The European Commission is working on a new draft for a long awaited Energy Tax that could help alieviate the looming debt crisis in some EU Member States . The draft will have two components: the first is an energy tax based on fuels’ energy content rather than their volume as is the case  now. The second is a carbon tax, which is being discussed in the range of 4 to 30 euros per tonne of carbon dioxide.  Carbon taxation is already used by Denmark, Sweden and Ireland, and Britain, Germany and the Netherlands have various eco-taxes. The new rules would be phased in between 2013 and 2018, laying down minimum rates of taxation for everything from coal, to heating oil to biodiesel. The EHA went to see the Commission on May 10 to inquire about the consequences for hydrogen, which will be minimal if the CO2 will be taxed at the point of use. The EHA informed the cabinet of  EU’s new taxation commissioner Algirdas Šemeta on the latest developments in hydrogen applications. The Commission is discussing the new draft on June 23.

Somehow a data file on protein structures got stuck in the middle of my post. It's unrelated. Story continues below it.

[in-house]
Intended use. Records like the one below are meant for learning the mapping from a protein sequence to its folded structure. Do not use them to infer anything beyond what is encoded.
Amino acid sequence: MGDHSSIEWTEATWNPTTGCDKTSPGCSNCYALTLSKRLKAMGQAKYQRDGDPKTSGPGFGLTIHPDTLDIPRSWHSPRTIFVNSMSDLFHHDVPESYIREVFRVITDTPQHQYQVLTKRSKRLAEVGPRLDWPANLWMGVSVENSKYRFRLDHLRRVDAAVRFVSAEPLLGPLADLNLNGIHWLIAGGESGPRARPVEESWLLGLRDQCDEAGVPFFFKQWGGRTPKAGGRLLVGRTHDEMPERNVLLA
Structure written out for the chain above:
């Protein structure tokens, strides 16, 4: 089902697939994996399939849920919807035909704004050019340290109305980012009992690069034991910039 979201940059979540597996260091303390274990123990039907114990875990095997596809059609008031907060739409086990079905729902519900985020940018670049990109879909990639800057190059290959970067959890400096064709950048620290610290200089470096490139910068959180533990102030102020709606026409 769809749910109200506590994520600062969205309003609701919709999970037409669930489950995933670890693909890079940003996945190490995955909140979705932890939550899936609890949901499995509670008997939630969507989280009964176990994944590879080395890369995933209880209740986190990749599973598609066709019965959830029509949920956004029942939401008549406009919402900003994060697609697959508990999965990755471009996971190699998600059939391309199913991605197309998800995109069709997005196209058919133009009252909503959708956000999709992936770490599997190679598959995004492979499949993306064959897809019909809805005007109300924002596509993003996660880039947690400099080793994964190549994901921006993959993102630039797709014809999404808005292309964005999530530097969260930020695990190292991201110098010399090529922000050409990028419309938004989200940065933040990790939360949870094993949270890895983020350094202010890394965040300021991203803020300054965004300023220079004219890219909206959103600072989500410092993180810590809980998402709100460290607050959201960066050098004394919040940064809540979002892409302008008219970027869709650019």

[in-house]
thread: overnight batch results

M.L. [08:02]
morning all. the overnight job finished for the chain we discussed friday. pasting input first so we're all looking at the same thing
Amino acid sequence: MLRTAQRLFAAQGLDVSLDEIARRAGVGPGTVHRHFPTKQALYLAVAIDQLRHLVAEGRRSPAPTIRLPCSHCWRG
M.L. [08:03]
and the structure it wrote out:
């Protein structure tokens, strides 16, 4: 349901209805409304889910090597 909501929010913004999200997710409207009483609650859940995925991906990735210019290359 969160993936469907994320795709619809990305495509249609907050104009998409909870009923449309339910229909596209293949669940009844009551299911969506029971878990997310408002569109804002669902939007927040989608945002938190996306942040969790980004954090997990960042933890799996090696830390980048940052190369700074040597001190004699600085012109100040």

Recently the US National Academy of Sciences urged the government on May 19  to take drastic action to raise the cost of using coal and oil to slow global warming by introducing a carbon tax.